PREMIERES (PHL) – FREE ADMISSION w/RESERVATION!
Hailed by The New York Times as a “bold ensemble” that “set the standard for contemporary-classical saxophone quartets,” PRISM Quartet presents a program of new music from an extraordinary collection of composers, including world premieres of works by Hannah Kendall, Andrew Litts, Renee Baker, David Bennett Thomas, PRISM’s first performance of Carlos Simon‘s “Elegy: A Cry from the Grave,” and more!
About the Music
The program features the world premiere of Gilt by Hannah Kendall, a doctoral fellow in composition at Columbia University and winner of the Hindemith Prize and the Ivor Novello Award. Ms. Kendall writes, “Gilt, a play on the word Guilt, takes its title from Hew Locke’s 2022-2023 façade commission for The Metropolitan Museum of Art: four super-sized, gold, trophy-like sculptures that were displayed on the front of the building. Inspired by artifacts within The Met’s collection, the sculptures are wonderfully curious, unrecognizable, striking objects. Locke describes them as ‘a façade on the façade,’ as whilst they look like gloriously opulent, reimagined articles, they are in fact propped up by poles from behind. Like me, Locke is British and of Guyanese heritage, where gold mining is prevalent and resources are rich. At the same time, it is also a place still affected by its history of slavery, colonialism, and indentureship.”
Marcos Balter is the Fritz Reiner Professor of Musical Composition at Columbia University whose work has been praised by The Washington Post as “dark and deeply poetic.” Mr. Balter describes his new work, Yarn: “The type of fiber and the tightness of the thread dictate a yarn’s character. While thicker and tighter yarns are more durable, a quality yarn is typically loose and lightweight; fragility and exquisiteness are intrinsically correlated, where the ultimate price of refinement is ephemerality.” The work’s title is an anagram of saxophonist Ryan Muncy’s first name; Yarn is dedicated to his memory.
Elegy: A Cry from the Grave by Carlos Simon is, in the composer’s words, “dedicated to those who have been murdered wrongfully by an oppressive power; namely Trayvon Martin, Eric Garner and Michael Brown. The stimulus for composing piece came as a result of prosecuting attorney Robert McCulloch announcing that a selected jury had decided not to indict police officer Daren Wilson after fatally shooting an unarmed teenager, Michael Brown in Ferguson, Missouri. The piece draws on strong lyricism. A recurring ominous motif represents the cry of those struck down unjustly. While the piece is predominantly sorrowful and contemplative, there are moments of hope represented by bright consonant harmonies.” Mr. Simon is the Composer-in-Residence for the John F. Kennedy Center for the Performing Arts and was nominated for a 2023 GRAMMY award for his album Requiem for the Enslaved.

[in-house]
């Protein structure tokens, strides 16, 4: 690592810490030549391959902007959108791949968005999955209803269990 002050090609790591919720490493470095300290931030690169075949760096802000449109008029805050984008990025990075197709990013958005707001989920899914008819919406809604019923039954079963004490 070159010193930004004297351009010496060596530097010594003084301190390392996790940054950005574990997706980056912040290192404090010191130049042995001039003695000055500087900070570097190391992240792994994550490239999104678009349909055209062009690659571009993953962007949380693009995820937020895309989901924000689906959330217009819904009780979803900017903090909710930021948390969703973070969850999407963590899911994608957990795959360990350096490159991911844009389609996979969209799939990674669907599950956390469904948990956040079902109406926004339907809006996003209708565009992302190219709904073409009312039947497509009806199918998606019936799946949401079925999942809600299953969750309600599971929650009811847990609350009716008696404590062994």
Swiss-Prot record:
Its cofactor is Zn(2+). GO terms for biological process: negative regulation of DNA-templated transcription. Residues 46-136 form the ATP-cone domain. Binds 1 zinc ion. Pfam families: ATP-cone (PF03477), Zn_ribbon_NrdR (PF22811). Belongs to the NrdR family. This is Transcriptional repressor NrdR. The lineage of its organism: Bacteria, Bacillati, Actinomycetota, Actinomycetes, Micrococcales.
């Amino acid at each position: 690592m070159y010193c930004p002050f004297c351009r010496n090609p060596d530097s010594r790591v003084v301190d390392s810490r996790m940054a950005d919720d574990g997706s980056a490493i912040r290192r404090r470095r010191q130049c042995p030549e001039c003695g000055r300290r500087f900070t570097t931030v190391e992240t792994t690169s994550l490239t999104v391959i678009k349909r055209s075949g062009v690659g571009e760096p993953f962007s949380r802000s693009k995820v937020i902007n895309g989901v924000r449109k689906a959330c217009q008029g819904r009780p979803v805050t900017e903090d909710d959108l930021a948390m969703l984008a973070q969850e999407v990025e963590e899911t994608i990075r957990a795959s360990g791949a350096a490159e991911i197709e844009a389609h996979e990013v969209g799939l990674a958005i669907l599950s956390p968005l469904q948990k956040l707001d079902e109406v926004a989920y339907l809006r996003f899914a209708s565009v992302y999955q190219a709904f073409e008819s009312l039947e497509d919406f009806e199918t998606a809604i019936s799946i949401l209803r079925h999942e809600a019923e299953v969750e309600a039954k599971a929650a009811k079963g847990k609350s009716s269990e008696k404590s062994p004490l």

Composer Renee Baker is the founding music director and conductor of the Chicago Modern Orchestra Project, a polystylistic orchestra that grew from the plums of both classical music and jazz. A practicing Sannyasi, she contributes a new adaptation of her work, Second Threnody, to the program. In describing the piece, she writes, “Each day we try to walk the straightest path to our intended destinies. Fate often detached us from those dreams and we move in a dhutanga-like manner. To what end, we know not … but purpose is the most intangible and untouchable of all desires.” Second Threnody was inspired by a poem of the same name by Dutch writer MIEP Geeson. The poem captures, in the poet’s words, “the essence of human struggle, loss, and the quest for meaning in the face of life’s uncertainties.”
Andrew Litts, a Philadelphia composer of acoustic and electronic and film music, describes Voler [to fly (Fr.)]: “Looking up, I see an airplane make its way across the sky. Bernoulli’s principle, lift, drag…all that I know about the physics of flight is forgotten. Perhaps it’s nostalgia for watching airplanes from my childhood home, or perhaps it’s my own love of travel…but watching airplanes fly overhead never ceases to incite a child-like wonder in me. Who are these people sitting in fast-moving chairs in the sky? Where are they going?”
Composer, author, jazz pianist, and teacher, David Bennett Thomas is Associate Professor, at the University of the Arts School of Music. He describes You Know Me as “textural, with washy minimalistic cells rubbing against each other while transforming in colorful ways, often accompanying broad melodies. You may also notice some jazz style block-chord soli writing. And an adagio that brings the piece to a close. When I compose, I try to use all that the idiom has to offer to construct something tight and cohesive that hopefully draws the listener in and takes them somewhere.”
New Work by Hannah Kendall (world premiere)
Second Threnody by Renee Baker (world premiere, new arrangement)
Voler by Andrew Litts (world premiere)
You Know Me by David Bennett Thomas (world premiere)
Elegy: A Cry from the Grave by Carlos Simon
Additional works TBA
*Program subject to change
This program is made possible with generous support from the Philadelphia Cultural Fund and the Alice M. Ditson Fund of Columbia University.
PRISM Quartet welcomes all individuals to our concerts, and provides a variety of accommodations for those with disabilities in accordance with the Americans with Disabilities Act. For specific accommodations, please contact firstname.lastname@example.org or 215.438.5282.
Settlement Music School is fully wheelchair accessible.
Settlement Music School, Mary Louise Curtis Branch
416 Queen Street Philadelphia, PA 19147
May 11, 2024
Free, but tickets must be reserved in advance. Click the link below to save your spot!